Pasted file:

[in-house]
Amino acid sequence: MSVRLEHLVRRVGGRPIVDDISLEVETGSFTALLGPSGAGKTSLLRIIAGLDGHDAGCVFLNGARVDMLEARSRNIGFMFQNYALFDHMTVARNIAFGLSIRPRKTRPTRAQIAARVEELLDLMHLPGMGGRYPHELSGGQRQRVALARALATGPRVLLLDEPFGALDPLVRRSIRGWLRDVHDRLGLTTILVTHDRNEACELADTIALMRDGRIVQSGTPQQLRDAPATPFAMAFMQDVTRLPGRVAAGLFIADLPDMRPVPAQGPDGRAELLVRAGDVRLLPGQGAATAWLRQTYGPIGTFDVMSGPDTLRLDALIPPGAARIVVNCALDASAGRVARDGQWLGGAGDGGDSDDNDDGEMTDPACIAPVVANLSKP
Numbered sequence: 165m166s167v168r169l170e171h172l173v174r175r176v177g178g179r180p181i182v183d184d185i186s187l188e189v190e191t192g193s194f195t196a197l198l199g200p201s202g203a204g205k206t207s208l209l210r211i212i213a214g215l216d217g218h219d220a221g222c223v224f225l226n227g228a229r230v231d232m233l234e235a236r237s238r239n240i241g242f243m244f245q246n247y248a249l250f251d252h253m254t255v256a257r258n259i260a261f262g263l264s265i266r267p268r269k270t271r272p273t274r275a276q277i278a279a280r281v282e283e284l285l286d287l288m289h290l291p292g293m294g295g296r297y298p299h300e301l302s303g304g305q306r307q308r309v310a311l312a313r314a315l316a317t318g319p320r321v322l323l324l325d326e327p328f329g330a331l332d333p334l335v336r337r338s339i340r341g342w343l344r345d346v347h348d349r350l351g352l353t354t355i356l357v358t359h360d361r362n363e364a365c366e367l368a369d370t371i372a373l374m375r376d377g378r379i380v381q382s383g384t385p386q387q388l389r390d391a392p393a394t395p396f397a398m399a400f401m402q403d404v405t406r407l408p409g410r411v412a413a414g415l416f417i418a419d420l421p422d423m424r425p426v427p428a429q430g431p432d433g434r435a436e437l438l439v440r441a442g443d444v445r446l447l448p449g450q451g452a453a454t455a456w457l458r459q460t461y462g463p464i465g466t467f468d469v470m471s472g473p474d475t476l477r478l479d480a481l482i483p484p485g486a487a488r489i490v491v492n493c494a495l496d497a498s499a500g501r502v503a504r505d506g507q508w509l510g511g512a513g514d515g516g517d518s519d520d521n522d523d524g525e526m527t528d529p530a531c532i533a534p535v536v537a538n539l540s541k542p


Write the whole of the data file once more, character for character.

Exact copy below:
[in-house]
Amino acid sequence: MSVRLEHLVRRVGGRPIVDDISLEVETGSFTALLGPSGAGKTSLLRIIAGLDGHDAGCVFLNGARVDMLEARSRNIGFMFQNYALFDHMTVARNIAFGLSIRPRKTRPTRAQIAARVEELLDLMHLPGMGGRYPHELSGGQRQRVALARALATGPRVLLLDEPFGALDPLVRRSIRGWLRDVHDRLGLTTILVTHDRNEACELADTIALMRDGRIVQSGTPQQLRDAPATPFAMAFMQDVTRLPGRVAAGLFIADLPDMRPVPAQGPDGRAELLVRAGDVRLLPGQGAATAWLRQTYGPIGTFDVMSGPDTLRLDALIPPGAARIVVNCALDASAGRVARDGQWLGGAGDGGDSDDNDDGEMTDPACIAPVVANLSKP
Numbered sequence: 165m166s167v168r169l170e171h172l173v174r175r176v177g178g179r180p181i182v183d184d185i186s187l188e189v190e191t192g193s194f195t196a197l198l199g200p201s202g203a204g205k206t207s208l209l210r211i212i213a214g215l216d217g218h219d220a221g222c223v224f225l226n227g228a229r230v231d232m233l234e235a236r237s238r239n240i241g242f243m244f245q246n247y248a249l250f251d252h253m254t255v256a257r258n259i260a261f262g263l264s265i266r267p268r269k270t271r272p273t274r275a276q277i278a279a280r281v282e283e284l285l286d287l288m289h290l291p292g293m294g295g296r297y298p299h300e301l302s303g304g305q306r307q308r309v310a311l312a313r314a315l316a317t318g319p320r321v322l323l324l325d326e327p328f329g330a331l332d333p334l335v336r337r338s339i340r341g342w343l344r345d346v347h348d349r350l351g352l353t354t355i356l357v358t359h360d361r362n363e364a365c366e367l368a369d370t371i372a373l374m375r376d377g378r379i380v381q382s383g384t385p386q387q388l389r390d391a392p393a394t395p396f397a398m399a400f401m402q403d404v405t406r407l408p409g410r411v412a413a414g415l416f417i418a419d420l421p422d423m424r425p426v427p428a429q430g431p432d433g434r435a436e437l438l439v440r441a442g443d444v445r446l447l448p449g450q451g452a453a454t455a456w457l458r459q460t461y462g463p464i465g466t467f468d469v470m471s472g473p474d475t476l477r478l479d480a481l482i483p484p485g486a487a488r489i490v491v492n493c494a495l496d497a498s499a500g501r502v503a504r505d506g507q508w509l510g511g512a513g514d515g516g517d518s519d520d521n522d523d524g525e526m527t528d529p530a531c532i533a534p535v536v537a538n539l540s541k542p